OPEC Plus maintains its oil production plans
When officials from OPEC, Russia and other oil-producing countries met by video conference on Thursday, they had cause for concern. The biggest concerns were whether the emergence of a new variant of the coronavirus could torpedo the nascent global economic recovery and the reluctance of the United States and major Asian customers, including China, in the face of high oil prices.
At the end, the group known as OPEC Plus has decided to take the easy route and stick to a previously agreed upon program of gradually adding oil to the market. It decided to increase its production by 400,000 barrels per day in January, as it has done in recent months.
But to show worried oil markets that they are ready to change that plan if necessary, producers said in a press release their meeting will “remain in session” so producers can monitor the market and “make immediate adjustments. if necessary”.
This The statement, analysts said, was intended to warn traders that OPEC Plus is ready to reconsider its production levels, including possibly cutting supplies, whenever the market looks threatened – even before the next meeting scheduled for the 4th. January.
“It puts a floor under the prices, saying you don’t know what they’re going to do,” said Bhushan Bahree, executive director of IHS Markit, a research firm. “It matches uncertainty with uncertainty.”
This message seemed to be catching on, at least Thursday. Prices fell sharply when it appeared that OPEC Plus would increase production. But they quickly recovered, and later in the day futures were trading up 1.7% to around $ 70.10 a barrel for Brent crude, the international benchmark.
The producers’ decision to keep adding oil to the market for now has also been “a victory for the Biden administration,” wrote Helima Croft, head of global commodities at RBC Capital Markets. President Biden’s aides had pressured Persian Gulf producers to continue ramping up production in hopes of lowering gasoline prices for American drivers.
While many analysts have predicted the group may suspend monthly increases agreed to in July, or even cut production, others said the decision on Thursday made sense. No one knows yet whether the new Omicron variant will prove to be a big blow to the economy, a passing worry, or something in between. A hasty halt to production increases could also have sent a negative signal to the markets about the group’s view on the world economy.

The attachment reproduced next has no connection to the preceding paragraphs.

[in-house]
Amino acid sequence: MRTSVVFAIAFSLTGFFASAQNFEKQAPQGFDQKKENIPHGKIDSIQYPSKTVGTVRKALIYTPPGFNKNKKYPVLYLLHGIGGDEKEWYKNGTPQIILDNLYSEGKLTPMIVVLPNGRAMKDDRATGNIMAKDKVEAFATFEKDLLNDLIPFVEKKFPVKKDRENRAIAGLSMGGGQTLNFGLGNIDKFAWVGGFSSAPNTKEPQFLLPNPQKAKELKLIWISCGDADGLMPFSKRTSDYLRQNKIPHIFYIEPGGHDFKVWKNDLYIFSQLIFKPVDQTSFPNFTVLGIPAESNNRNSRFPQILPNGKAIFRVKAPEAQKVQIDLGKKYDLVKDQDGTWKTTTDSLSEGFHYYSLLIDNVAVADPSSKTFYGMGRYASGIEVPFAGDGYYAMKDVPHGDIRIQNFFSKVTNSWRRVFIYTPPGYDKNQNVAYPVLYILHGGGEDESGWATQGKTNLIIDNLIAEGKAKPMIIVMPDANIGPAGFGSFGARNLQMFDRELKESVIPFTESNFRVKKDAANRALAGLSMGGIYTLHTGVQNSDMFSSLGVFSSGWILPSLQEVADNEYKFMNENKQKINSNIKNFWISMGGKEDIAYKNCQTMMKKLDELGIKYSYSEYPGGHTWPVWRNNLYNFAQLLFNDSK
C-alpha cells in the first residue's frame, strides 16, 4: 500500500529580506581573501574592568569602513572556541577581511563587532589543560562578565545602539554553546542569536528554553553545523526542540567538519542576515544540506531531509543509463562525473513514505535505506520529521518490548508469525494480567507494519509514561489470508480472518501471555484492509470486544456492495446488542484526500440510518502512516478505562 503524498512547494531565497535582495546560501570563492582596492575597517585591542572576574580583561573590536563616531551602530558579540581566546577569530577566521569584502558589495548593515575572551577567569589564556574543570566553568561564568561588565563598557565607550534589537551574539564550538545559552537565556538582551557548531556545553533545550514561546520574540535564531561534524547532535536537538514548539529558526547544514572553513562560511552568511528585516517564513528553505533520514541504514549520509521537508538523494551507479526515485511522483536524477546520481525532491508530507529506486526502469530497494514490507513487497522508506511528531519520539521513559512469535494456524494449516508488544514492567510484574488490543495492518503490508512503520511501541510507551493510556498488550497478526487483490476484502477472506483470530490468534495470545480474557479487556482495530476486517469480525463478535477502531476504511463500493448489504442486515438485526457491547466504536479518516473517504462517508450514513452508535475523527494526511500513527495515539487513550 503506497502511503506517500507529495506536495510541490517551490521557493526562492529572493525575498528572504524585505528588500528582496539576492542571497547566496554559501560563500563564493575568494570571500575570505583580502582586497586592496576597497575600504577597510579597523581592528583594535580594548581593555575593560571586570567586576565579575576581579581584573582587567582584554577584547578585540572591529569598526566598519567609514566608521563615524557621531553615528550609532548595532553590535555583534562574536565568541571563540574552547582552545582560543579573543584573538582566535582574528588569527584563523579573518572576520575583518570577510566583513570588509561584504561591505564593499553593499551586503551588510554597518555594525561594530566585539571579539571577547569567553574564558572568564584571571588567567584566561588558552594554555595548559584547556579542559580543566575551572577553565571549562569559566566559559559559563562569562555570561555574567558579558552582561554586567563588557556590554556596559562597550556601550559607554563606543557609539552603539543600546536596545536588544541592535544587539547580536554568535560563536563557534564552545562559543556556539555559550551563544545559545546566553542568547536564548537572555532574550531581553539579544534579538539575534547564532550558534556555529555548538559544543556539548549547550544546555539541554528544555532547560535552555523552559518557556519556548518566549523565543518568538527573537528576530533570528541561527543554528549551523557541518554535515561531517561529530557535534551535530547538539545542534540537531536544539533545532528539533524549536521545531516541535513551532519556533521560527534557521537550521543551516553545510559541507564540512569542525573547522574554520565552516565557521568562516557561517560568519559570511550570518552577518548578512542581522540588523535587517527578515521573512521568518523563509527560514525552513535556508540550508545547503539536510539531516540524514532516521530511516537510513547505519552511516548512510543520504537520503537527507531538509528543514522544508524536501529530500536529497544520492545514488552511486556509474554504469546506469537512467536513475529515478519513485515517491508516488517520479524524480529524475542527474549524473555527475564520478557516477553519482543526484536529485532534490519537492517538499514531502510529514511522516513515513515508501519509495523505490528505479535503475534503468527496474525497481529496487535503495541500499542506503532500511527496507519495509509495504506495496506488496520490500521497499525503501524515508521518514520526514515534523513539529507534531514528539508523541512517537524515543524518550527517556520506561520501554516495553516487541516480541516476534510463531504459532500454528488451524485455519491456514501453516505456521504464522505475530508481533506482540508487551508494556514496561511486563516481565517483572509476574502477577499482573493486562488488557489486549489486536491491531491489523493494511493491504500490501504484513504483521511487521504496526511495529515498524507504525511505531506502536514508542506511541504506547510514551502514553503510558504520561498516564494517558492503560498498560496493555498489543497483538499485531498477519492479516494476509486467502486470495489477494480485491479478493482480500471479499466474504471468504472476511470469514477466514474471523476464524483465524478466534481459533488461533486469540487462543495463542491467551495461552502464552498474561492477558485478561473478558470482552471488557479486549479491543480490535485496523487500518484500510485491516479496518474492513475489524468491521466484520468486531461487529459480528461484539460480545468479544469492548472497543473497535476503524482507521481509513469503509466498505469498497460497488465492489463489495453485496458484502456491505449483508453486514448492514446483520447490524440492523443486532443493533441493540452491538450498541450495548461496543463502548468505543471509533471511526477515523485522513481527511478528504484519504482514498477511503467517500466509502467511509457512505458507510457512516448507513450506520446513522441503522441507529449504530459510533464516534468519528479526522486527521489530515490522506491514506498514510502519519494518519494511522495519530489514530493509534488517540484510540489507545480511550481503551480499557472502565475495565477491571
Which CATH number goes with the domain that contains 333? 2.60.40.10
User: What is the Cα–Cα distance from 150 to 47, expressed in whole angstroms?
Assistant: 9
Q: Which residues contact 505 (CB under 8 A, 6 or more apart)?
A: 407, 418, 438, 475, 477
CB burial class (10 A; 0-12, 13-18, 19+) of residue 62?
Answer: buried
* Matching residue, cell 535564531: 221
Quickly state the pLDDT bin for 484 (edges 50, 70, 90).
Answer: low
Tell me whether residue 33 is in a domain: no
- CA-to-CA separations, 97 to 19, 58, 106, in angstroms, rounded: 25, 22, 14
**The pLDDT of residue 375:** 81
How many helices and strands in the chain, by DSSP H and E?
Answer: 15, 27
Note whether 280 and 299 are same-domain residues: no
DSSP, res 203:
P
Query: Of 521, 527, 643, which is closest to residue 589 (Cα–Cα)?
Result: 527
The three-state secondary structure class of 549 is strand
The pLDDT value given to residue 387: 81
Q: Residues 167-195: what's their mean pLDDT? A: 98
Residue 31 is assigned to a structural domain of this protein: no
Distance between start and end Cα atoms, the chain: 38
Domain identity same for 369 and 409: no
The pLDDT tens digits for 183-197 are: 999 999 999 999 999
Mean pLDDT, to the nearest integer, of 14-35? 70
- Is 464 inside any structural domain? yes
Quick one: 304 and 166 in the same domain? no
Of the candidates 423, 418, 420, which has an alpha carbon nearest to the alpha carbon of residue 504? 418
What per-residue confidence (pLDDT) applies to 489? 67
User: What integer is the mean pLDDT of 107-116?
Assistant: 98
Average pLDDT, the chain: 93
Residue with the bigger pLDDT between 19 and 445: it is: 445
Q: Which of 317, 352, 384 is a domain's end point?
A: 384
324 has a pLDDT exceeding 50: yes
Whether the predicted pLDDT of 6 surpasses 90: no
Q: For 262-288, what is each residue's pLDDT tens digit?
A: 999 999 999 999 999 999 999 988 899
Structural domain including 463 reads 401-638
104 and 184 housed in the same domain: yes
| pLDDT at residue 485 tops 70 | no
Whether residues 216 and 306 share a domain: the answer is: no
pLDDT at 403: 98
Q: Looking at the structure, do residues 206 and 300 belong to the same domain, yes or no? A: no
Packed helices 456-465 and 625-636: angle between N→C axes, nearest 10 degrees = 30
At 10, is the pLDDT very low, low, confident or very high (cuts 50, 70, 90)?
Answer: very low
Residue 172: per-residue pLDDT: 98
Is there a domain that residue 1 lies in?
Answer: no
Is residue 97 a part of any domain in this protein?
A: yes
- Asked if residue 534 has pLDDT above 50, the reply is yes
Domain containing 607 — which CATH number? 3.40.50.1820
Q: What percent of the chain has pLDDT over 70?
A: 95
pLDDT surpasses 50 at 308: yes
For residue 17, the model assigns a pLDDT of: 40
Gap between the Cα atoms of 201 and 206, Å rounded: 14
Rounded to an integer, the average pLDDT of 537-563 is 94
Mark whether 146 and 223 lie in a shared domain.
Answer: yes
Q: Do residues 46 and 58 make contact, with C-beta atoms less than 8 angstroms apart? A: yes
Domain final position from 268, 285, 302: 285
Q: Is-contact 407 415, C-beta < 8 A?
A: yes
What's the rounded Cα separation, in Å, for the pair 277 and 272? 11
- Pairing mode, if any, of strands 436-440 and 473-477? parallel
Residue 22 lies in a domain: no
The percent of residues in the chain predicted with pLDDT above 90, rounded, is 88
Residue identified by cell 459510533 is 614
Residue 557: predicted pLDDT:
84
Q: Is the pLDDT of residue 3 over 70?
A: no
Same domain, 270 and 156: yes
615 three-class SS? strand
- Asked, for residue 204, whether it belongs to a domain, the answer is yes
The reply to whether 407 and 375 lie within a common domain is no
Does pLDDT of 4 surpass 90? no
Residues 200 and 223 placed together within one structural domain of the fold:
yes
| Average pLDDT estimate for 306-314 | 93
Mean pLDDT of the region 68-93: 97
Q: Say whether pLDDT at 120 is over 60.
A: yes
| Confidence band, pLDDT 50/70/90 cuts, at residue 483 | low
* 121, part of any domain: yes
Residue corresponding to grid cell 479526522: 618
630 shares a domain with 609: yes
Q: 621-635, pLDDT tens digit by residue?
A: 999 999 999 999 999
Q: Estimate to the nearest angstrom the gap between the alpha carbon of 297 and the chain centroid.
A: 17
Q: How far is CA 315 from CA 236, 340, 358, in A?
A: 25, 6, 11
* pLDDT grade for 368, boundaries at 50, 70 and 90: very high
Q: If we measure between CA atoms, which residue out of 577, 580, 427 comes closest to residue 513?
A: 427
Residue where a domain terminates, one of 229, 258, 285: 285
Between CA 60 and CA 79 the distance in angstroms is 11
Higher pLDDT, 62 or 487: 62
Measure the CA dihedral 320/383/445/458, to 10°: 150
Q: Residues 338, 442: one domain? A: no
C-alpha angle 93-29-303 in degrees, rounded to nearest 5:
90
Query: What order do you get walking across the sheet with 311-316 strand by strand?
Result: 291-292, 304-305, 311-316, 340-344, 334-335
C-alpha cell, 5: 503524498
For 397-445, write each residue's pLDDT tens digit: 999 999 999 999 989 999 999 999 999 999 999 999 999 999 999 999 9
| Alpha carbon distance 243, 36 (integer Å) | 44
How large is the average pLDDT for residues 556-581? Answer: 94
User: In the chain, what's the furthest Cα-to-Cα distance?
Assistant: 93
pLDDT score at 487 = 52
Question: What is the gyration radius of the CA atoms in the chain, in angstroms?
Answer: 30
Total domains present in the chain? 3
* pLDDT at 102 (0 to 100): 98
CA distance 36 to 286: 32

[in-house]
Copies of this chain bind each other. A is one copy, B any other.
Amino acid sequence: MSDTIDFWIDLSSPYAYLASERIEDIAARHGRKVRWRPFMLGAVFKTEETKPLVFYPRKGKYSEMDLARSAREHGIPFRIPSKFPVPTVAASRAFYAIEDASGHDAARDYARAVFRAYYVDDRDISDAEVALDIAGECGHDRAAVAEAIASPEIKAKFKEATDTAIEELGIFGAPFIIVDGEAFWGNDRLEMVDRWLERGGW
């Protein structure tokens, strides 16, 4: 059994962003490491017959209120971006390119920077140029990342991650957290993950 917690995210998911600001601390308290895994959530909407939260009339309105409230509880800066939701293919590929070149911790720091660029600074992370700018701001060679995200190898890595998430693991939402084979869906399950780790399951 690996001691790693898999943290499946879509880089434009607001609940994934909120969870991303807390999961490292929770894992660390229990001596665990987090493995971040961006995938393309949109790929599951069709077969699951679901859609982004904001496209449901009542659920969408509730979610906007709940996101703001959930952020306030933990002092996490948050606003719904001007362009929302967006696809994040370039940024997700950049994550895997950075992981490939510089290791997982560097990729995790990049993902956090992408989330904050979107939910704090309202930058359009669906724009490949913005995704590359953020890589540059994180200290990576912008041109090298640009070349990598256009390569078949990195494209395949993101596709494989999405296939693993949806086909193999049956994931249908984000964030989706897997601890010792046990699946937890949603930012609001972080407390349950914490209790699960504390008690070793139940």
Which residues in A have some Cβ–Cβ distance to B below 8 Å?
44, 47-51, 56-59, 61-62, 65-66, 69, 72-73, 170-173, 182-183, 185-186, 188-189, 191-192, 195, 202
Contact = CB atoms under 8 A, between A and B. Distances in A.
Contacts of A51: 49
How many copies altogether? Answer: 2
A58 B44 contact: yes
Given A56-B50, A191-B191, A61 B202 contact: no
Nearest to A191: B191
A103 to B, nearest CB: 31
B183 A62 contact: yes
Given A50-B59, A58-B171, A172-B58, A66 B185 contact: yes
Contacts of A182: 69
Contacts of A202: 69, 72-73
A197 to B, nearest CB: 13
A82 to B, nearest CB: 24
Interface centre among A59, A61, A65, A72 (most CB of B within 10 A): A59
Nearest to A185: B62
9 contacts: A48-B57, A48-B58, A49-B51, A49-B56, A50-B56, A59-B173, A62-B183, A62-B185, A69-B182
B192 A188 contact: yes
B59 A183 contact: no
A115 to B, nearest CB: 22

For the moment, the fundamentals of the oil market remain solid. In recent months, strong demand for oil and restricted production by producers have reduced inventories to low levels.
And analysts have pointed out that future demand is likely to hold up at least in the near term. “OPEC members in the Middle East will likely have seen good demand for their crude in January,” analysts from FGE, a consultancy firm, said in a report on Thursday as Asian economies advanced.
Sustaining the planned increase will also likely ease friction with the Biden administration, which orchestrated a planned release of oil stocks from the US Strategic Oil Reserve last month in conjunction with more modest moves by other major oil consumers.
The unusual price rebellion, which included China, Japan, India and South Korea, all major customers of Persian Gulf oil producers, is a worrying development for countries like Saudi Arabia and the United States. United Arab Emirates. It could eventually threaten both their national finances, which are dependent on oil revenues, and their control of the markets.
The planned release of oil reserves, coupled with the impact of the new variant, has lowered prices by more than 17% from the seven-year highs of around $ 85 a barrel reached in October – likely accomplishing a large part of what the White House wanted.
Analysts say lower prices will not only ease tensions with Washington, but also help meet other OPEC Plus goals, including discouraging investment in shale oil drilling. in the USA.
Current prices could also reduce the Biden administration’s incentive to strike a nuclear deal with Iran in the ongoing indirect talks. A sanctions-free Iran could quickly bring significant volumes of oil to market, a potential concern for other members of the Organization of the Petroleum Exporting Countries in Tehran, such as Saudi Arabia.
Some analysts say OPEC Plus may simply postpone the inevitable cuts in deference to Washington, and that it will have to cut production if it is to protect prices.
“The longer they wait, the more they may need to do,” said Bill Farren-Price, director at Enverus, a market research firm.
Yet for a diverse group like OPEC Plus, sticking to a plan in uncertain times is an easier sell than a change of course.